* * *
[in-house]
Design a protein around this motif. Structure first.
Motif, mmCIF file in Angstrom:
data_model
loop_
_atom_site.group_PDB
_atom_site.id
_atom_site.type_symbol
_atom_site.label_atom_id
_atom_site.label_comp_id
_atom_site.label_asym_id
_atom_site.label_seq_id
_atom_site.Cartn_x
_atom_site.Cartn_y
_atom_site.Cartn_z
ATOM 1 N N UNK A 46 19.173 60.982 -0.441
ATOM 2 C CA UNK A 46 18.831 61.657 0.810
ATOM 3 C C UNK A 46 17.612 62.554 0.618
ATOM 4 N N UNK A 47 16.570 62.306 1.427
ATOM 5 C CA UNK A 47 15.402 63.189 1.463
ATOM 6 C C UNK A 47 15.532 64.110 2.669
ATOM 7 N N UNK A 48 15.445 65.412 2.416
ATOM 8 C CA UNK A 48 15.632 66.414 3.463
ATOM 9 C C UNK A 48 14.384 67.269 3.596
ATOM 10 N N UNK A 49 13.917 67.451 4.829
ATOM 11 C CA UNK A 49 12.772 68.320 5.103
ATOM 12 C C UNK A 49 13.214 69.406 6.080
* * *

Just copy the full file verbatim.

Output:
[in-house]
Design a protein around this motif. Structure first.
Motif, mmCIF file in Angstrom:
data_model
loop_
_atom_site.group_PDB
_atom_site.id
_atom_site.type_symbol
_atom_site.label_atom_id
_atom_site.label_comp_id
_atom_site.label_asym_id
_atom_site.label_seq_id
_atom_site.Cartn_x
_atom_site.Cartn_y
_atom_site.Cartn_z
ATOM 1 N N UNK A 46 19.173 60.982 -0.441
ATOM 2 C CA UNK A 46 18.831 61.657 0.810
ATOM 3 C C UNK A 46 17.612 62.554 0.618
ATOM 4 N N UNK A 47 16.570 62.306 1.427
ATOM 5 C CA UNK A 47 15.402 63.189 1.463
ATOM 6 C C UNK A 47 15.532 64.110 2.669
ATOM 7 N N UNK A 48 15.445 65.412 2.416
ATOM 8 C CA UNK A 48 15.632 66.414 3.463
ATOM 9 C C UNK A 48 14.384 67.269 3.596
ATOM 10 N N UNK A 49 13.917 67.451 4.829
ATOM 11 C CA UNK A 49 12.772 68.320 5.103
ATOM 12 C C UNK A 49 13.214 69.406 6.080